EngiNerd's Blog

Full Stack Engineer

Fast and Ineffective Hugo

I've been using Jekyll for quite a while now, probably around 7-8 years. I'm not exactly a very active blogger, and I don't have any complaints about Jekyll in terms of generating documentation - usually there is no more than 100 pages. Yes, sometimes it can be quite slow, especially with complex Liquid constructions or if there are a lot of images, or if you're using the Kramdown parser instead of CommonMark. However, Jekyll's slowness is typically not critical, as sites are not built frequently, and one or two minutes don't really make a difference.

Recently, out of curiosity, I explored the range of popular static site generators (SSGs) - who knows, maybe there's something out there that's as stable and mature as Jekyll but with better performance. Hugo, Astro, and 11ty caught my attention. Since I'm not a fan of products that go down the path of excessive universality, like a Swiss Army knife with everything you need but with lots of drawbacks, Astro and 11ty were ruled out. That left "incredibly fast" Hugo, which I decided to try out and see if it lives up to its reputation as described in various articles. Hugo does indeed boast impressive performance thanks to its implementation in Go, and according to some, it has an "insanely awesome" templating engine based on the Go html/template package.

Amazing Node-RED

Oh, if only I had touched Node-RED earlier. With this awesome programming tool, you can automate everything... well, almost everything. Yes, it is not for everyone, an ordinary user who does not understand the basics of networks and does not know JavaScript will probably prefer IFTTT or Zapier.

How much I have been messing with IFTTT over the past few years, with their constant introduction of new limits, offering a subscription, and other crap. As soon as I raised a docker container with Node-RED on my raspberry pi 4 and I've got so many possibilities and had so much flexibility that I can never see on IFTTT or Zapier. Especially with a dedicated IP address, the possibilities in terms of IoT automation in conjunction with various APIs and online services are almost limitless.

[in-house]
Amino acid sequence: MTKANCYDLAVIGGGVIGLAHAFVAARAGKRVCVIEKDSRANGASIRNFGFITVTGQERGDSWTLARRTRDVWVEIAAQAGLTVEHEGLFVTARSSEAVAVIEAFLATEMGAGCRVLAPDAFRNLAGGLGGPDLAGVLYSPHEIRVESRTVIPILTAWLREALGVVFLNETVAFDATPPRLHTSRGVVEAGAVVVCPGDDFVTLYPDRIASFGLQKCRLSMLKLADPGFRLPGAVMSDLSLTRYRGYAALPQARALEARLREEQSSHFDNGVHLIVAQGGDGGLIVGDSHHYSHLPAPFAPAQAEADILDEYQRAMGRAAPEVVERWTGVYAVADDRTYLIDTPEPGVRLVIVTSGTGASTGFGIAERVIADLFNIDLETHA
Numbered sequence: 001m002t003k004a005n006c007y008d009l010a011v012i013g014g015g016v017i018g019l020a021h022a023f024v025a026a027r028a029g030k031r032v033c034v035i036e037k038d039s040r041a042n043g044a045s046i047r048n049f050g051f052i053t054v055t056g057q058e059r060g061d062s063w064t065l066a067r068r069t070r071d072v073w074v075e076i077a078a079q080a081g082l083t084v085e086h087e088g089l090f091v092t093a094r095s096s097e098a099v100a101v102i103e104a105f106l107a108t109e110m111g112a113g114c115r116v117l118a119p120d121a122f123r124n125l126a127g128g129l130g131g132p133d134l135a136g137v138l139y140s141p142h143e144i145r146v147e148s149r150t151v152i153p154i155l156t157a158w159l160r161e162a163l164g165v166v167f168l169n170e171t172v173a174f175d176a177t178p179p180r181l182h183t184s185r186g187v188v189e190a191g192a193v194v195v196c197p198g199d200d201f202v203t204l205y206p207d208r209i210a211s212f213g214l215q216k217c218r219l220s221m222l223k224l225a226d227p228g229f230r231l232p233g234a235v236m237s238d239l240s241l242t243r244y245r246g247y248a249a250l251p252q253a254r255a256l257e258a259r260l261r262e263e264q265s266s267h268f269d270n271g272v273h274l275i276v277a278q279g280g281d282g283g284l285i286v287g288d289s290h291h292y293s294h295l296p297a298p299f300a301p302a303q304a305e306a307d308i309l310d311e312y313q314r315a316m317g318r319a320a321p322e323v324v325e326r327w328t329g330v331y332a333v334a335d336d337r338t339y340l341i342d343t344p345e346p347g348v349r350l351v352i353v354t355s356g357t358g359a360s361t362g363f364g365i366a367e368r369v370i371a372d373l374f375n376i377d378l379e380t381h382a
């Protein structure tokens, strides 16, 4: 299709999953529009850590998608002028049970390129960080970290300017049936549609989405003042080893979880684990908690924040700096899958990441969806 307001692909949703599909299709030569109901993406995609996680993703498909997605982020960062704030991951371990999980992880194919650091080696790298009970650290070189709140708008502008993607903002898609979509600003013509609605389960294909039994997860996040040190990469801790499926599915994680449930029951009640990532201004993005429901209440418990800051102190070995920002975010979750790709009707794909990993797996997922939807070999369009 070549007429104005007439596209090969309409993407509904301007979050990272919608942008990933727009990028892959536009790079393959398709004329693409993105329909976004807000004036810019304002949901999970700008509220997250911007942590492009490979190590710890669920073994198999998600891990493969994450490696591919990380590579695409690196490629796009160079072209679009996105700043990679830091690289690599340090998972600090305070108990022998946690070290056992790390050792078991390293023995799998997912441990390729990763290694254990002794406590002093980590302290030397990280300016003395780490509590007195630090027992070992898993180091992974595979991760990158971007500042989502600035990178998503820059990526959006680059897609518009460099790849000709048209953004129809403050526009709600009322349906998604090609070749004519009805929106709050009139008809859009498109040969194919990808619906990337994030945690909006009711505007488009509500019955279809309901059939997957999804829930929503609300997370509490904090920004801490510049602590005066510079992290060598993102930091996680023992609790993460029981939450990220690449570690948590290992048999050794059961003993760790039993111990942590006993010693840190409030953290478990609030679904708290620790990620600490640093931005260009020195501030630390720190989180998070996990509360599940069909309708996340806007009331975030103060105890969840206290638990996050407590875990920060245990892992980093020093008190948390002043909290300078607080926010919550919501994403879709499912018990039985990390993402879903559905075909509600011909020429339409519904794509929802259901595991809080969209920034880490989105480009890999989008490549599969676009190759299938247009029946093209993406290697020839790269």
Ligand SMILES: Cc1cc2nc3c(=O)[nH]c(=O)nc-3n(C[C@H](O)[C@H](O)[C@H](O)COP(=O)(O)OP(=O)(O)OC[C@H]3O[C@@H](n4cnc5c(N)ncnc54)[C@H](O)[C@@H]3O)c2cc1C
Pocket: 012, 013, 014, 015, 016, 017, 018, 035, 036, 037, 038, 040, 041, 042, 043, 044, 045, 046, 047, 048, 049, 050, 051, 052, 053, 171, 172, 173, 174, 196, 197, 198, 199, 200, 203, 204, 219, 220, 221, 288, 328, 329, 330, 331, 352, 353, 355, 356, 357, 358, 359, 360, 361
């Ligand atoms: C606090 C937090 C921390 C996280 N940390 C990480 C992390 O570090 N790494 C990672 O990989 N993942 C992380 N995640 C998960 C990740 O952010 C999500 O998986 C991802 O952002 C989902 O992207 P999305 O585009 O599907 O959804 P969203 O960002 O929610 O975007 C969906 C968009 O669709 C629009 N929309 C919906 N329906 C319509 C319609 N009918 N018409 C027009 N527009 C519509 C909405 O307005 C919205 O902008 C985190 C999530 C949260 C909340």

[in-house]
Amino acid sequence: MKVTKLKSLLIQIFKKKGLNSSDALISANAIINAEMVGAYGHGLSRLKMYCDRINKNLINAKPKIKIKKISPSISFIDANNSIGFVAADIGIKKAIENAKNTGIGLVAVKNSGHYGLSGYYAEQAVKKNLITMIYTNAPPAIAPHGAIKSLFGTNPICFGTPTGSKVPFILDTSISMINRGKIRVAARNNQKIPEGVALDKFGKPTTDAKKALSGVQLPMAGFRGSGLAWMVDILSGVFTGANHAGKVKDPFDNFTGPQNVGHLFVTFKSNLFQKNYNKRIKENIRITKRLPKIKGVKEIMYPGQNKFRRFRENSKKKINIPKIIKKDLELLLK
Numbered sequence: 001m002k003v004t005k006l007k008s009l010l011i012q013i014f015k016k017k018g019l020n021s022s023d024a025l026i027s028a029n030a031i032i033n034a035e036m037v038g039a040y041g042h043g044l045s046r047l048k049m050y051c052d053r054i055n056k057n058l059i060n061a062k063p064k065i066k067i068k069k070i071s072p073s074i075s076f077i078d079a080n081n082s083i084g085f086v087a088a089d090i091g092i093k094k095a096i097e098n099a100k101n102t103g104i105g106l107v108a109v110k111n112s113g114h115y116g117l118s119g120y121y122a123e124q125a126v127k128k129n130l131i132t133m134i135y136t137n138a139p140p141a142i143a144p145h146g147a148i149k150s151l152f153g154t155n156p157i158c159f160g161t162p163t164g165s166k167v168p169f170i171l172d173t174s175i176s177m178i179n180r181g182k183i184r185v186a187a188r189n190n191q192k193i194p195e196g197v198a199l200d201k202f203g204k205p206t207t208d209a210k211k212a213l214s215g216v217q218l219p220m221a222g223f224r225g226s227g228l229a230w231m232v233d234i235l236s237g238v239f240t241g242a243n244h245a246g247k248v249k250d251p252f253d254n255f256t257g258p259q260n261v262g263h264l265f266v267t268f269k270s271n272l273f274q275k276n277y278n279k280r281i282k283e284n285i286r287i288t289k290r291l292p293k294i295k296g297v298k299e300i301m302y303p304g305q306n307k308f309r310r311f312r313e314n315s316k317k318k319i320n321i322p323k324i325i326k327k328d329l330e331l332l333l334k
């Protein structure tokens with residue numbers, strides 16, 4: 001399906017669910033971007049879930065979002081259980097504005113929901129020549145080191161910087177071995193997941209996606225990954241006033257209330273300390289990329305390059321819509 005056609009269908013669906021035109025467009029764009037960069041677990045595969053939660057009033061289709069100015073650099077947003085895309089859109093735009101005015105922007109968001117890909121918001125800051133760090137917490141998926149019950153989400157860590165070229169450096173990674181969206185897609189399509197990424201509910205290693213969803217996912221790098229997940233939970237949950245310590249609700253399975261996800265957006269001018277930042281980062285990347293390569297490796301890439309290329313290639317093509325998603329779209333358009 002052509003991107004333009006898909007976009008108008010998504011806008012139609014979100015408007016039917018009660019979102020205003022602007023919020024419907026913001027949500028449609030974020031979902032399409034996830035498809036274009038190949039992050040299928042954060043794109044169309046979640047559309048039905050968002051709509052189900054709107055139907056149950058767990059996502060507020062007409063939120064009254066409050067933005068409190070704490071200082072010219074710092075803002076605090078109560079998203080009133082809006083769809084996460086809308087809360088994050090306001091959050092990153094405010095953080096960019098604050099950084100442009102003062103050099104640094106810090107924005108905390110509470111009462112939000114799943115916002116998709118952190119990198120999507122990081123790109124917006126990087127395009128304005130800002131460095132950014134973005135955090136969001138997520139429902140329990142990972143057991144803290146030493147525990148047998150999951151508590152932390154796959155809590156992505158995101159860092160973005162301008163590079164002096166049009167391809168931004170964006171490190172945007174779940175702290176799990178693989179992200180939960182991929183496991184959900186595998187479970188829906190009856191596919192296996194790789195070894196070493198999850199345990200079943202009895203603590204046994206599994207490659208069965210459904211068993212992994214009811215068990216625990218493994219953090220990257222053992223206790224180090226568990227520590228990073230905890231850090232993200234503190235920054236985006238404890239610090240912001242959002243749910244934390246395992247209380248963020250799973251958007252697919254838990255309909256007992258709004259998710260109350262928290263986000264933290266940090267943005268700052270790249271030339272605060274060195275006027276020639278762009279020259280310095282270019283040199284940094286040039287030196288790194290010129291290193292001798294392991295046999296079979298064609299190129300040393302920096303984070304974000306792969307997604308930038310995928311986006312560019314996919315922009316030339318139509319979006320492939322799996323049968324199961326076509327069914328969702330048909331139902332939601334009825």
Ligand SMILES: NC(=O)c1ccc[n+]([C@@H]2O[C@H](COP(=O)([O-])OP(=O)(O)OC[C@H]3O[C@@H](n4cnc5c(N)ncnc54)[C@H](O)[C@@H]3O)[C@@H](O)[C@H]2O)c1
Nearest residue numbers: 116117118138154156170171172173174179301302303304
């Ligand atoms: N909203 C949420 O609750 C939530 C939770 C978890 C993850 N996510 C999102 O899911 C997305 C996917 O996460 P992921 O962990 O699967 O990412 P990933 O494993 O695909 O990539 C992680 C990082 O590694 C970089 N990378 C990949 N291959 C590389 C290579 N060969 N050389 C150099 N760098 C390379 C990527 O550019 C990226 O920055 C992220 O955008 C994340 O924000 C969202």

Goodbye, Gromozeka Bot

The Gromozeka bot was implemented to assist Telegram users in deleting all of their messages from a chat, channel, or conversation, even without admin privileges. Official Telegram clients lack a straightforward solution for a mass message deletion, requiring users to manually select and delete messages, with a limit of 100 at a time. Gromozeka bot was aimed to solve this inconvenience.

The bot's implementation involves creating and storing a user session on the bot's side, posing a security concern regarding potential misuse by the bot owner. While it's reasonable for Telegram to prevent unauthorized user session manipulation by a bot, my implementation addresses this issue. Although not flawless, my solution ensures that only the user can utilize the created session.

TeleBuilder - Telegram bot framework

[ NPM Package ]     [ GitHub Repo ]

In my spare time, I find joy in tinkering with small open source projects, one of which is a straightforward Telegram bot framework called TeleBuilder. This framework is powered by the GramJS library and is written in TypeScript. I've primarily developed it for personal use to implement various bots tailored to my specific needs. However, TeleBuilder also serves as a testing ground for experimenting with new TypeScript features and approaches.

Overcoming CORS Restrictions with a Cloudflare Workers-Based Proxy

Cross-Origin Resource Sharing (CORS) restrictions can be a major obstacle for web developers, preventing them from accessing data from different domains using the Fetch API. However, there is a solution that allows you to bypass these restrictions and simplify your development process - a Cloudflare Workers-based proxy.